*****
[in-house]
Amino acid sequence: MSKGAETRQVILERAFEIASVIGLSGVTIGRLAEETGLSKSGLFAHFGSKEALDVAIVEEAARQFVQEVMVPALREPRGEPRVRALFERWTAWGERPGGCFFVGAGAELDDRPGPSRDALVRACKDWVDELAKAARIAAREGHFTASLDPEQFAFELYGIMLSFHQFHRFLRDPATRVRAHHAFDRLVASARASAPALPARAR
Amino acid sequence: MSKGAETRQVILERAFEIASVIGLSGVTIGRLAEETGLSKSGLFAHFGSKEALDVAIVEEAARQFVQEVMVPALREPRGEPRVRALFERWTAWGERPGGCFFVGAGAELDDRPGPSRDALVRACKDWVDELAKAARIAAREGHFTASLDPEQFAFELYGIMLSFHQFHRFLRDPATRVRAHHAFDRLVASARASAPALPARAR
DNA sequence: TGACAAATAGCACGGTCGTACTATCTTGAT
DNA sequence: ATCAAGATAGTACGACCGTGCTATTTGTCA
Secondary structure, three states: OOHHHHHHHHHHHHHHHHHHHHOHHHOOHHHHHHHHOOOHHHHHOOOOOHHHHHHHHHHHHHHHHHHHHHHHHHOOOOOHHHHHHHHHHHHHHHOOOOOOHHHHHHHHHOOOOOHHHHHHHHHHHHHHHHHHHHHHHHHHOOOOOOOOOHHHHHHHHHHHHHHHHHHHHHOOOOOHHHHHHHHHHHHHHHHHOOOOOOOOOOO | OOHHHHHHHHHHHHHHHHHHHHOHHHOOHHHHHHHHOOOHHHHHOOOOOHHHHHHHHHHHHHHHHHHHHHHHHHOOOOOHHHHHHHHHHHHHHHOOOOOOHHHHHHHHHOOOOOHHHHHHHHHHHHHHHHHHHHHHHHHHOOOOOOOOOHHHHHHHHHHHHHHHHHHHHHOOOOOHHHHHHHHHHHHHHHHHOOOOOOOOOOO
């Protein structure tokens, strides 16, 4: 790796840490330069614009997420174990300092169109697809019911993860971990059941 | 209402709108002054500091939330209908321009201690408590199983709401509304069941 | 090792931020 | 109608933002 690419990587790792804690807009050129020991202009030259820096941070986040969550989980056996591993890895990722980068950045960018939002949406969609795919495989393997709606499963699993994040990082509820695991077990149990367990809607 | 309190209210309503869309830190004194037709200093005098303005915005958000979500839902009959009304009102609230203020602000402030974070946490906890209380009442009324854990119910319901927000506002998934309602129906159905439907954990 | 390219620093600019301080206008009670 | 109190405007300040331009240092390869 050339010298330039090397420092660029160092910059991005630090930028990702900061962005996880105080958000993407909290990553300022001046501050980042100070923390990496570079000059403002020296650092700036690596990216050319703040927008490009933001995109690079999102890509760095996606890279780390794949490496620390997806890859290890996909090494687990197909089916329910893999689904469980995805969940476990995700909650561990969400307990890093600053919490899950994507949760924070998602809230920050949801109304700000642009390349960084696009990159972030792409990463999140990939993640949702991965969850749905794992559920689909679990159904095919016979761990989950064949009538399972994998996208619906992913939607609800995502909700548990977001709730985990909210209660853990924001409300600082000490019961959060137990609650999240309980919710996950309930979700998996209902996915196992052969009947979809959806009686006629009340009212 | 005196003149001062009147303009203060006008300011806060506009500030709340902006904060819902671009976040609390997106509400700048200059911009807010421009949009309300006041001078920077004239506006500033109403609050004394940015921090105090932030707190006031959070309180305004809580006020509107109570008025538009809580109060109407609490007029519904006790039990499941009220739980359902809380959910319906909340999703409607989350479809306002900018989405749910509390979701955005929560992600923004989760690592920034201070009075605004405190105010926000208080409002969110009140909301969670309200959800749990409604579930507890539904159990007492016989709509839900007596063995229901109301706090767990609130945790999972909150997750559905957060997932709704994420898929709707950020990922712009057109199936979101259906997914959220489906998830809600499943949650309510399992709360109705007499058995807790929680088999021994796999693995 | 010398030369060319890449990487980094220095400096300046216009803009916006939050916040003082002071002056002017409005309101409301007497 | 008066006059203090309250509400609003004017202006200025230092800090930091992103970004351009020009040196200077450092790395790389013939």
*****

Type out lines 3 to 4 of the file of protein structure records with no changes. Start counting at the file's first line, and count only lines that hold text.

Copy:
Amino acid sequence: MSKGAETRQVILERAFEIASVIGLSGVTIGRLAEETGLSKSGLFAHFGSKEALDVAIVEEAARQFVQEVMVPALREPRGEPRVRALFERWTAWGERPGGCFFVGAGAELDDRPGPSRDALVRACKDWVDELAKAARIAAREGHFTASLDPEQFAFELYGIMLSFHQFHRFLRDPATRVRAHHAFDRLVASARASAPALPARAR
DNA sequence: TGACAAATAGCACGGTCGTACTATCTTGAT